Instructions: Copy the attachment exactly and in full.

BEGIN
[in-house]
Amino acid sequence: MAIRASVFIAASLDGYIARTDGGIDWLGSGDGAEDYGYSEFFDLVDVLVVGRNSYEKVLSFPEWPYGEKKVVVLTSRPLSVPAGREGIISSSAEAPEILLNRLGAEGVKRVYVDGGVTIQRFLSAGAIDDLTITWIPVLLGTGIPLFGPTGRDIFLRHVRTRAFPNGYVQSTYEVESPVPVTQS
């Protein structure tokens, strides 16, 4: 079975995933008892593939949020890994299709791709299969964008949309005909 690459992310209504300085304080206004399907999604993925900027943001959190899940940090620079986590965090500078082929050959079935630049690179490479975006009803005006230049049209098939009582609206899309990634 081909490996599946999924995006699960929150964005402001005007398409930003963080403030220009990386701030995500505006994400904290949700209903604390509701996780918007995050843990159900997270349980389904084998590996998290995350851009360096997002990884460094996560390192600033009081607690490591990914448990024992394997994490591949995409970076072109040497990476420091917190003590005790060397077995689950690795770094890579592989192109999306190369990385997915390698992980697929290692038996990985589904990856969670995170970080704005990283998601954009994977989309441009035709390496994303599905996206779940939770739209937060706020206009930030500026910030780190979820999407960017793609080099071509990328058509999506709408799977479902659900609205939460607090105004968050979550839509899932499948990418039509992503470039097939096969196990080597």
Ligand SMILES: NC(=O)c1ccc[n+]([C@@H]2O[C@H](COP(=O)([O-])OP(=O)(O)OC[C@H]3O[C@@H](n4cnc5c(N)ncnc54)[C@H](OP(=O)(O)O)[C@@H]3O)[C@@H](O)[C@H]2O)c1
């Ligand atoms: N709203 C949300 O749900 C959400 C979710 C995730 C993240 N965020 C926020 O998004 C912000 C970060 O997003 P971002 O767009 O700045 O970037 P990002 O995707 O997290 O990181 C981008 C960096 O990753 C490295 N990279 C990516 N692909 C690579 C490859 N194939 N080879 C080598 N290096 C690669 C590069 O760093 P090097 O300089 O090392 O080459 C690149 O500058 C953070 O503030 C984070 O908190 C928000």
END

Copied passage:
[in-house]
Amino acid sequence: MAIRASVFIAASLDGYIARTDGGIDWLGSGDGAEDYGYSEFFDLVDVLVVGRNSYEKVLSFPEWPYGEKKVVVLTSRPLSVPAGREGIISSSAEAPEILLNRLGAEGVKRVYVDGGVTIQRFLSAGAIDDLTITWIPVLLGTGIPLFGPTGRDIFLRHVRTRAFPNGYVQSTYEVESPVPVTQS
């Protein structure tokens, strides 16, 4: 079975995933008892593939949020890994299709791709299969964008949309005909 690459992310209504300085304080206004399907999604993925900027943001959190899940940090620079986590965090500078082929050959079935630049690179490479975006009803005006230049049209098939009582609206899309990634 081909490996599946999924995006699960929150964005402001005007398409930003963080403030220009990386701030995500505006994400904290949700209903604390509701996780918007995050843990159900997270349980389904084998590996998290995350851009360096997002990884460094996560390192600033009081607690490591990914448990024992394997994490591949995409970076072109040497990476420091917190003590005790060397077995689950690795770094890579592989192109999306190369990385997915390698992980697929290692038996990985589904990856969670995170970080704005990283998601954009994977989309441009035709390496994303599905996206779940939770739209937060706020206009930030500026910030780190979820999407960017793609080099071509990328058509999506709408799977479902659900609205939460607090105004968050979550839509899932499948990418039509992503470039097939096969196990080597």
Ligand SMILES: NC(=O)c1ccc[n+]([C@@H]2O[C@H](COP(=O)([O-])OP(=O)(O)OC[C@H]3O[C@@H](n4cnc5c(N)ncnc54)[C@H](OP(=O)(O)O)[C@@H]3O)[C@@H](O)[C@H]2O)c1
């Ligand atoms: N709203 C949300 O749900 C959400 C979710 C995730 C993240 N965020 C926020 O998004 C912000 C970060 O997003 P971002 O767009 O700045 O970037 P990002 O995707 O997290 O990181 C981008 C960096 O990753 C490295 N990279 C990516 N692909 C690579 C490859 N194939 N080879 C080598 N290096 C690669 C590069 O760093 P090097 O300089 O090392 O080459 C690149 O500058 C953070 O503030 C984070 O908190 C928000």